I heard so many of them today.

I’m tired of dealing with this. I’m tired of dealing with the complaints and all of it. How about you take it over completely?  All of my practice saying yes to things I want and no to things I don’t want to do stuck in my throat.  This is a friend with his head in his hands.  I replied with something that got him smiling and nearly tap danced my way out of the conversation.  He was able to clearly express his needs and desires and I managed a flimsy maybe.

My son told me he was going to go live with his step-dad and get rich selling drugs with him. I told him he’d just end up in jail.  And I told this person they won–my employed son who pays his bills and goes to counselling and is struggling toward a life is a prize by comparison.  When I asked them if they believed parenting ever eases up when you have a struggling young adult, they looked me straight in the eye and said No. I don’t think it does. But we’re built to endure more, too.  I told them that sometimes I wish truth could always be served with a side of wine and chocolate.  They nodded and we hugged one another for a while. I mentioned a couple of resources she might use and we both went back to work.

Why do we feel like we need to pull people back from the edge when they say they want to commit suicide?  This world is nothing but a pile of shit. What are we pulling them back to?  The shit?  Or just so we have company in the shit?  I felt like he sideswiped me.  It was the first time all day I remembered to really breathe.  It’s nearly noon and I’m in a meeting room with these words clanging in the air.  I told him this: Not all of the world is shit.  The world that I work to create for myself every day is not shit.  It’s a good place.  And if I pull someone back, it’s to that good place–even if only for a while and I remind them of something I learned long ago–good things grow with only a little nurturing and the layer of shit is just fertilizer.  I am unapologetic about this. Anyone is worth the effort and ultimately everyone sooner or later makes their own choice.

It was exhausting.  At the end of the day I came home and showered off the grit but saved what I believe may be the beginning of a map.

 


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Day 76

Day 76: I have been looking at the computer for about an hour trying to figure out how not to write this.  I could not come up with a viable excuse and I want to honestly journal this journey.

The question becomes do I convince myself that I am content with something, do I visualize what content in a situation would mean for me and then work at shaping that into a reality, or do I just fold?  And into this mixture of questions I must add the additional ingredients of my own belief system:  everything is a choice (I don’t get to blame/credit someone else) and the idea that somewhere, somehow I chose to live this particular life.

Yesterday I chose to address some feelings I had about things going on with my son.  He reminds me of the pines and cedars that grow in Colorado on the face of granite slopes.  No protection from wind and weather, not a water source in sight–growing out of stone in its own fashion.  I have chosen to be his safe place–the person to whom he can express his issues without rejection.  Have you ever seen that old footage of a nuclear explosion at a distance and then the people, homes and lives are leveled by the invisible shock wave that follows?  It’s like that.  I’d like to say that I can just deal with it some aging incarnation of Wonder Woman.  And I do when it’s grenade-sized.  But other times I am reminded that I have PTSD. (Did I mention that?  Yep, I do.)  And when the shock waves hit my surface of contentment and hard-won layers of peace and inner quiet, it feels like they melting and I am left with a puddle of self to rebuild.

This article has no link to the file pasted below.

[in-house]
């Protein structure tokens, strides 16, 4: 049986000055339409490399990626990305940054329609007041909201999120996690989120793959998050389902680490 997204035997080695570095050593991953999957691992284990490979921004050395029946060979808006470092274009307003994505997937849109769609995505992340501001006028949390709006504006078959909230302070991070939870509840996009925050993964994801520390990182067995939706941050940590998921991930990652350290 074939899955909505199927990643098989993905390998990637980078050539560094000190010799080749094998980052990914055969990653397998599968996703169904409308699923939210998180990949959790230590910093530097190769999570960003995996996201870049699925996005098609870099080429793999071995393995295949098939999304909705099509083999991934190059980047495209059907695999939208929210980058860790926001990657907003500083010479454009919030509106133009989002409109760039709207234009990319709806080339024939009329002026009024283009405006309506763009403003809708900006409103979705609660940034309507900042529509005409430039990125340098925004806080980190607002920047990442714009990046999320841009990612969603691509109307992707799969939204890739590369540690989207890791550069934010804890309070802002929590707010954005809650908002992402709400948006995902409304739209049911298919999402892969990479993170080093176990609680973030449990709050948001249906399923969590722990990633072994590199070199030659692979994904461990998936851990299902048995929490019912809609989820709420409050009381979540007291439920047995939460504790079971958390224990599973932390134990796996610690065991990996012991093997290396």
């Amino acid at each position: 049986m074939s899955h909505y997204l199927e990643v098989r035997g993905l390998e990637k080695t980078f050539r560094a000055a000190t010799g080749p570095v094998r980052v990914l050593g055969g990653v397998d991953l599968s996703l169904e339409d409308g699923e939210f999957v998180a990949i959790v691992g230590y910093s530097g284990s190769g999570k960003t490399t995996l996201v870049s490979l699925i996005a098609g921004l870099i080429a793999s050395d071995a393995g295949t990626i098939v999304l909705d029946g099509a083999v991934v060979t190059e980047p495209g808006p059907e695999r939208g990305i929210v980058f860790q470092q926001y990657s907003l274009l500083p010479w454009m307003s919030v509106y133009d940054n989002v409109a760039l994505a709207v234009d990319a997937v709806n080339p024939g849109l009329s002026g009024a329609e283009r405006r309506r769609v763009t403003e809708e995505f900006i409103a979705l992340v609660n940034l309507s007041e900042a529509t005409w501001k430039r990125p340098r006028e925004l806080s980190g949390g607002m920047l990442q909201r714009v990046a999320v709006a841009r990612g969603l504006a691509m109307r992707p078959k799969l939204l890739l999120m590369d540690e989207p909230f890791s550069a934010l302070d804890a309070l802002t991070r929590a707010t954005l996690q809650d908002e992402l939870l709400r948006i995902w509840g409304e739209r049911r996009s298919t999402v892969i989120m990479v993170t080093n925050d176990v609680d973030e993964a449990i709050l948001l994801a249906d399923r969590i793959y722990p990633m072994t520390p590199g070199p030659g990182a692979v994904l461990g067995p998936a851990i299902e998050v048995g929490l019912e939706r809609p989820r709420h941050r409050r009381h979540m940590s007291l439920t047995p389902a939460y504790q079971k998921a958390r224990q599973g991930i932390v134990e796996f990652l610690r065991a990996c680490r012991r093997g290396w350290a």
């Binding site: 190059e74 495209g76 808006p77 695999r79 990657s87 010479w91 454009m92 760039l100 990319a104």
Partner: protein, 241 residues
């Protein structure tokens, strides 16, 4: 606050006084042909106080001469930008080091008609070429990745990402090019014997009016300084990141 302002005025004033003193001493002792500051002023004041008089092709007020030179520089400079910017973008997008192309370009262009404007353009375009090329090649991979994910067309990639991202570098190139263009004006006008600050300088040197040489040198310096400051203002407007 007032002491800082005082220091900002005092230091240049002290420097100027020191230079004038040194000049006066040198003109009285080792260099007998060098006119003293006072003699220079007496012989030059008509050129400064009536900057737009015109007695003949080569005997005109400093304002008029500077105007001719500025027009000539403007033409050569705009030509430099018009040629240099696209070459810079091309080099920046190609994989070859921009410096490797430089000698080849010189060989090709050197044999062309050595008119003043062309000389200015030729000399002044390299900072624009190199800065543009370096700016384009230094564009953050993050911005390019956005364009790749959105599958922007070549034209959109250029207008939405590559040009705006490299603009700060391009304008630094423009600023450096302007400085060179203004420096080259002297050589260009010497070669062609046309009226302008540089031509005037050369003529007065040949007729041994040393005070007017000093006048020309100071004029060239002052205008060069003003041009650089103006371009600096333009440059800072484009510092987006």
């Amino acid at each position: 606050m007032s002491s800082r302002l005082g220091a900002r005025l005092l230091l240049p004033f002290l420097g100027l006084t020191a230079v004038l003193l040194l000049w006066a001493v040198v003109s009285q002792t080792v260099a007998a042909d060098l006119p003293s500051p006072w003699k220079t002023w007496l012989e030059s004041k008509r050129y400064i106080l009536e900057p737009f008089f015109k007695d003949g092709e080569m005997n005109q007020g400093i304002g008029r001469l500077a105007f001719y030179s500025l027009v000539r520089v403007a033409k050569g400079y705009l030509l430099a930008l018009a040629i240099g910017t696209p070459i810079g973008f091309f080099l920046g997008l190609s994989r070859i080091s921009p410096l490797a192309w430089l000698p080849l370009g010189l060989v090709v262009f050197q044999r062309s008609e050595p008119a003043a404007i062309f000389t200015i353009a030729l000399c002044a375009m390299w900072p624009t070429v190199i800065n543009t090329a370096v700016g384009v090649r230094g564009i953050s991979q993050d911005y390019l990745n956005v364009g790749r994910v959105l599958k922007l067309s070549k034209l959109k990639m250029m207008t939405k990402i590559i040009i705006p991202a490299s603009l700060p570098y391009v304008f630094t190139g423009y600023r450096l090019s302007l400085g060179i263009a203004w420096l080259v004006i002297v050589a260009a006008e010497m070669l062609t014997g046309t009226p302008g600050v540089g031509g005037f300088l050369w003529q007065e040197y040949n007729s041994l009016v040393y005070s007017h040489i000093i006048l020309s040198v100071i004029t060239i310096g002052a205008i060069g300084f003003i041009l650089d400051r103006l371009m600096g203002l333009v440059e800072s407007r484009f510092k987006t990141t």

And that brings me to the end of this day that I spent wrapped in mental band aids having cheese corn for both lunch and dinner.  I visualized this phase of life and of parenting much differently.  Does the perfect parent make sure they are there indefinitely?  Does it make me the worst parent ever and most selfish person to want to choose my own health and calm and structure ahead of another’s?  I don’t know.


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I Didn’t Do It

Day 69:  There were a number of things that I didn’t do today that were rather fabulous as far as I’m concerned.  I got up at what would have been 4 AM last week and didn’t whine or give in to a big urge to consume coffee.  Caffeine is not my friend.  I chose plain tea and some Michael Franti on Spotify to jolt me awake.

I did not spend time telling myself how bored I am at work.  I thought about how much energy I would have this evening (and I did!) to begin work on my office/craft space.

I did not flip out and begin imagining the horrors to come when I determined that the new(ish) car needed to make a trip back to the warranty garage and Magical Keith because now the transmission is having petit mal seizures.  There was a calm, rational conversation and I am driving another loaner car.  Inhale:  The car is going to be fine.  Exhale: I am so grateful for warranties.

Sometimes it’s what we don’t do that’s the real accomplishment.  Who knew?


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Fly By The Seat of Your Spanx

Day 64:  Today there were a few more bumps in the road and a wrench I had to yank from the machinery in my effort to get things back on track.  I spent some time reading Crones Don’t Whine and chewed on a passage for a while:  A crone is herself. She accepts change, appreciates the good in her life, grieves for what dies or loses vitality and goes on.  What she does and who she shares her life with are expressions of who she is–not her identity.  When it’s time to let go of a phase of life, she can.  But the truth is, she does not reinvent herself intentionally; rather by improvising and adapting to change.